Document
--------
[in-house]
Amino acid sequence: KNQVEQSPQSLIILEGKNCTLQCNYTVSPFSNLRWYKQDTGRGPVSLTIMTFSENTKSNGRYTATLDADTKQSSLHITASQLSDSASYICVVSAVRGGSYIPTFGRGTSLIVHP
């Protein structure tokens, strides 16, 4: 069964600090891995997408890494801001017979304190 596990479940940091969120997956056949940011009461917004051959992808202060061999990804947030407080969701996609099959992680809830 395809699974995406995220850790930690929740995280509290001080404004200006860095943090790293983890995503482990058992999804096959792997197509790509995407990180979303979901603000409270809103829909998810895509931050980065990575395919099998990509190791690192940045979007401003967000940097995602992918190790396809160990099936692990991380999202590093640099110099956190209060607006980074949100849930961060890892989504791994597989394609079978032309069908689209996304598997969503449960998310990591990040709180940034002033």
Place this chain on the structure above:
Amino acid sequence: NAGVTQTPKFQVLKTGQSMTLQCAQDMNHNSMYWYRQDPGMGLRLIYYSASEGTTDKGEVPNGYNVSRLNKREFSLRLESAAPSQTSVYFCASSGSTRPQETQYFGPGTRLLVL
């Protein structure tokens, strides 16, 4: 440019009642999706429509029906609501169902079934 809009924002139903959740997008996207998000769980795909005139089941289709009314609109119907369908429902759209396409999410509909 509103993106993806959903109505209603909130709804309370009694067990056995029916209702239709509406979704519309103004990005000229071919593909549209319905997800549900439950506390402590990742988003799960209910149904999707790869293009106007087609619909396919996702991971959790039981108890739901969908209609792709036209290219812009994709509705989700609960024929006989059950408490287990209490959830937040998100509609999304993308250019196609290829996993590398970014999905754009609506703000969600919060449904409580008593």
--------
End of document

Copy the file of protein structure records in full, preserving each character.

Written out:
[in-house]
Amino acid sequence: KNQVEQSPQSLIILEGKNCTLQCNYTVSPFSNLRWYKQDTGRGPVSLTIMTFSENTKSNGRYTATLDADTKQSSLHITASQLSDSASYICVVSAVRGGSYIPTFGRGTSLIVHP
């Protein structure tokens, strides 16, 4: 069964600090891995997408890494801001017979304190 596990479940940091969120997956056949940011009461917004051959992808202060061999990804947030407080969701996609099959992680809830 395809699974995406995220850790930690929740995280509290001080404004200006860095943090790293983890995503482990058992999804096959792997197509790509995407990180979303979901603000409270809103829909998810895509931050980065990575395919099998990509190791690192940045979007401003967000940097995602992918190790396809160990099936692990991380999202590093640099110099956190209060607006980074949100849930961060890892989504791994597989394609079978032309069908689209996304598997969503449960998310990591990040709180940034002033």
Place this chain on the structure above:
Amino acid sequence: NAGVTQTPKFQVLKTGQSMTLQCAQDMNHNSMYWYRQDPGMGLRLIYYSASEGTTDKGEVPNGYNVSRLNKREFSLRLESAAPSQTSVYFCASSGSTRPQETQYFGPGTRLLVL
């Protein structure tokens, strides 16, 4: 440019009642999706429509029906609501169902079934 809009924002139903959740997008996207998000769980795909005139089941289709009314609109119907369908429902759209396409999410509909 509103993106993806959903109505209603909130709804309370009694067990056995029916209702239709509406979704519309103004990005000229071919593909549209319905997800549900439950506390402590990742988003799960209910149904999707790869293009106007087609619909396919996702991971959790039981108890739901969908209609792709036209290219812009994709509705989700609960024929006989059950408490287990209490959830937040998100509609999304993308250019196609290829996993590398970014999905754009609506703000969600919060449904409580008593």